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The Oregon Department of Land Conservation and Development on Feb. 19 chose to deny the Jordan Cove Energy Project’s Federal Consistency application.

In a letter to Mike Koski with the Jordan Cove Energy Project, DLCD wrote: "After careful review of the proposed project, in conjunction with receiving extensive public comment, and coordination with coastal partners, DLCD has determined that the coastal adverse effects from the project will be significant and undermine the vision set forth by the OCMP and its enforceable policies.

"Coastal effects analyses show that the project will negatively impact Oregon’s coastal scenic and aesthetic resources, a variety of endangered and threatened species, critical habitat and ecosystem services, fisheries resources, commercial and recreational fishing and boating, and commercial shipping and transportation, among other sectors critical to the state.

"CZMA section 307(c)(3) (A) requires DLCD to notify the federal agencies concerned that the state objects to the certification 'at the earliest practicable time.' As a result of this objection, neither FERC nor the Corps can grant a license or permit for this project unless the U.S. Secretary of Commerce overrides this objection on appeal."

In response to the DLCD’s federal consistency denial, the Federal Regulatory Energy Commission has decided to push off making a final decision on federal permits for the JCEP until after it has a chance to review the decision by the DLCD.

"We watched with interest the Commission’s actions at today’s meeting. We also just received Oregon Department of Land Conservation and Development's letter late last night and like the FERC, we are taking our time to review it now," Jordan Cove spokesperson Paul Vogel said. "We respect the Commissioner’s thoughtful consideration and look forward to their final decision at their next opportunity."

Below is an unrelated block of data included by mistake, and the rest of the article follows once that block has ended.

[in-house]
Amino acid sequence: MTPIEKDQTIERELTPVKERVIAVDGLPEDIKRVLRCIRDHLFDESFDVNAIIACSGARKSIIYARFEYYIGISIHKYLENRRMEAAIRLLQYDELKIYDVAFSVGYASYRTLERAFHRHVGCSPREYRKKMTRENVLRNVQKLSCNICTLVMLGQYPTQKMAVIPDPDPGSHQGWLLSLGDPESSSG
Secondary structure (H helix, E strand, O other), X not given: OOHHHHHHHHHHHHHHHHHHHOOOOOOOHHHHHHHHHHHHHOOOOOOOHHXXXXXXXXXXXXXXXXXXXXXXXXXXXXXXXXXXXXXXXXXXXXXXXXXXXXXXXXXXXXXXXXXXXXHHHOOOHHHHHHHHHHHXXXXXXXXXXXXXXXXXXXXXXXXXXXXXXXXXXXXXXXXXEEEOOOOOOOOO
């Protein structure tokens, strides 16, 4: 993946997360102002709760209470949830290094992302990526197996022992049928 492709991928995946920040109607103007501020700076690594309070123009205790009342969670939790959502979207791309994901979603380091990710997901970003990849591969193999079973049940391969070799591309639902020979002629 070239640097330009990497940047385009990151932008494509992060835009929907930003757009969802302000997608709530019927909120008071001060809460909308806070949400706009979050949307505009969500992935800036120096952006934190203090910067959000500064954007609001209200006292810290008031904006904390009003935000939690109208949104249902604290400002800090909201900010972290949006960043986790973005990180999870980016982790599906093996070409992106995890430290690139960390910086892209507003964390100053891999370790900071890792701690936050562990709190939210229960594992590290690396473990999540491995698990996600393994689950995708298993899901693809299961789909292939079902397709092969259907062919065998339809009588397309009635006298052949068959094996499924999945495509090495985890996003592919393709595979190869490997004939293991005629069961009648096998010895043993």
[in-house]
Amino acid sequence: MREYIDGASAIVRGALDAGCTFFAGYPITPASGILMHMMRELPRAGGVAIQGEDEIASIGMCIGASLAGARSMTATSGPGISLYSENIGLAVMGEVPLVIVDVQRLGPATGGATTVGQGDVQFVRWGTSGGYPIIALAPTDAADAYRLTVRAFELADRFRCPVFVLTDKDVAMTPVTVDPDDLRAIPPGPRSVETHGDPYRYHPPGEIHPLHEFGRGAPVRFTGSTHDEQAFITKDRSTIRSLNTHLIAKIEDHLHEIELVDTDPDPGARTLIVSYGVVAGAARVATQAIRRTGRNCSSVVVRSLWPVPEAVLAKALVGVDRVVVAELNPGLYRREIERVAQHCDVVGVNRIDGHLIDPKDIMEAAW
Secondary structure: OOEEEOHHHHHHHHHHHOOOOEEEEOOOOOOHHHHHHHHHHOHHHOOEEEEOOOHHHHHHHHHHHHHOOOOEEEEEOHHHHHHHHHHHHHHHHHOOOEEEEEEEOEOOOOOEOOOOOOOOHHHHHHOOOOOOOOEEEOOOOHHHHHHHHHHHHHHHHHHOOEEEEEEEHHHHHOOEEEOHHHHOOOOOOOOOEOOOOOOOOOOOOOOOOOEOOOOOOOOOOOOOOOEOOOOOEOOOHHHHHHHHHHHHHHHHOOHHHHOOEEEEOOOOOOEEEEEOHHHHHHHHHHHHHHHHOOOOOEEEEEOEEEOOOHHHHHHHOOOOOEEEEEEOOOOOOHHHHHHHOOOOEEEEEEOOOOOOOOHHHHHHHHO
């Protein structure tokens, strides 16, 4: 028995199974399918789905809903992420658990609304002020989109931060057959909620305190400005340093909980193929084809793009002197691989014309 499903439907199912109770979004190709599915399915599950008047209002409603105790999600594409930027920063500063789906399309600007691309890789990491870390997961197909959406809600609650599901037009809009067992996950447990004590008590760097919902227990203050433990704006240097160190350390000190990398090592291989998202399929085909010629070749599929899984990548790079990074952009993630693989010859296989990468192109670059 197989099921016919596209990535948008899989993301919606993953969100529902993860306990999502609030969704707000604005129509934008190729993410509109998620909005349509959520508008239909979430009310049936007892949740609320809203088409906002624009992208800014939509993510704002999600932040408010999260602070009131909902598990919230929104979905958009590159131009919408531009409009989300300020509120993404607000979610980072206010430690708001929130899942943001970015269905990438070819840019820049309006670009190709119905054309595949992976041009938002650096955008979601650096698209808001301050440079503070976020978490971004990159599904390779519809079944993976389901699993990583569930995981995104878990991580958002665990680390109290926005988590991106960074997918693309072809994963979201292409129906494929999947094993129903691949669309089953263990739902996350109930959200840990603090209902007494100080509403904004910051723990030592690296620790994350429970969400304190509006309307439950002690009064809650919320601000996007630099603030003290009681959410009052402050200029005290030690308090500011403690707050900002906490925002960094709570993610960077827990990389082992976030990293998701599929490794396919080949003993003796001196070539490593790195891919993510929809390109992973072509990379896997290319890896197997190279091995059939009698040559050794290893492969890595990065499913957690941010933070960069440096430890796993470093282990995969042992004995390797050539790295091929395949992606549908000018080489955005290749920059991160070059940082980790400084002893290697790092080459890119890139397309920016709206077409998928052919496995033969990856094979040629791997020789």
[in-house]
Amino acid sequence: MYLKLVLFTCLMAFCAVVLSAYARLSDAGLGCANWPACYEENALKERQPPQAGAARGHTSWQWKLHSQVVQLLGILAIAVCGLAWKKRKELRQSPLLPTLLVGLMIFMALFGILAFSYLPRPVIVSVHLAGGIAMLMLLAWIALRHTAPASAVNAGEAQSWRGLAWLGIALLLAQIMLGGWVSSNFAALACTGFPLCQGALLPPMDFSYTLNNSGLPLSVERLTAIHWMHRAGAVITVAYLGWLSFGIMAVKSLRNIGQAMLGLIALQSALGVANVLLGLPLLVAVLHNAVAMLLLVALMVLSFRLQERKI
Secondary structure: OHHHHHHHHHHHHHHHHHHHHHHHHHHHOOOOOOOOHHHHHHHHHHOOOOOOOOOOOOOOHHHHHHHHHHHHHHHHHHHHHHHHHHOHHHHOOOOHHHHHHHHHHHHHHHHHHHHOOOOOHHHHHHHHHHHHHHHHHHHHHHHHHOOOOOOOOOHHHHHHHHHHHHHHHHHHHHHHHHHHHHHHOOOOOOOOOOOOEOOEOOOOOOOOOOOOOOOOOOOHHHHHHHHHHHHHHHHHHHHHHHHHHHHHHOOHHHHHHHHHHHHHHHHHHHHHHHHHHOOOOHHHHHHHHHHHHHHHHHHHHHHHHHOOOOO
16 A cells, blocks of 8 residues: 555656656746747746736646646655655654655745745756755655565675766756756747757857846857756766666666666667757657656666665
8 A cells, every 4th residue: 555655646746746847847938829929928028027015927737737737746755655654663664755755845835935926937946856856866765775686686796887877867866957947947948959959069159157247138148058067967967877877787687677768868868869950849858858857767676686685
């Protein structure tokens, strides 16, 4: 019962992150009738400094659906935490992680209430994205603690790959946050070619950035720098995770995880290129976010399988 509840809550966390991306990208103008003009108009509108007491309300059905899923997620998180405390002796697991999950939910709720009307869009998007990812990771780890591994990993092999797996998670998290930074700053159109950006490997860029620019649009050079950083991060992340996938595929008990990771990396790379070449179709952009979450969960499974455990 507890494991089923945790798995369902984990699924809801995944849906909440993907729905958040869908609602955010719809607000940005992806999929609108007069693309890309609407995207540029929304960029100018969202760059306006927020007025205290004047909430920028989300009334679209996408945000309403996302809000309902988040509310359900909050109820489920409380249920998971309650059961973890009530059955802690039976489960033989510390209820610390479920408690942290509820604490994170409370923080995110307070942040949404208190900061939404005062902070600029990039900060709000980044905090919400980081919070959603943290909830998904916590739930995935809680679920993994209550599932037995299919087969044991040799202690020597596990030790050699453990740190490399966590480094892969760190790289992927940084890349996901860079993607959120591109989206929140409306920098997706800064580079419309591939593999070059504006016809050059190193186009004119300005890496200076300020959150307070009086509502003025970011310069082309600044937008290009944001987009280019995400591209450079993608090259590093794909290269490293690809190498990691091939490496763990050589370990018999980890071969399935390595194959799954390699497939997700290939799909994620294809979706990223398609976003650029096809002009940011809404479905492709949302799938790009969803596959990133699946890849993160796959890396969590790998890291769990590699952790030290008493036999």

At Thursday's meeting, FERC commissioner Bernard L. McNamee said that he needed time to review information sent to FERC before making a decision.

“I want to see what the State of Oregon said, and I need that information to inform my decision, whether I’m ultimately going to vote for or against Jordan Cove," McNamee said.

An applicant for any federally permitted project must obtain a Coastal Zone Management Act consistency concurrence for the federal permit or license to be granted in Oregon’s coastal zone. DLCD has completed its evaluation of the Federal Consistency Application and Joint CZMA Certifications submitted by JCEP and has determined the proposed project has not established consistency with multiple enforceable policies of the Oregon Coastal Management Program.

The DLCD decision to deny comes weeks after the JCEP decided to withdraw its application for a Removal-Fill Permit with the Department of State Lands a day ahead of DSL’s decision on that permit. The JCEP has also yet to reapply for its 401 Water Quality certification with the Oregon Department of Environmental Quality.

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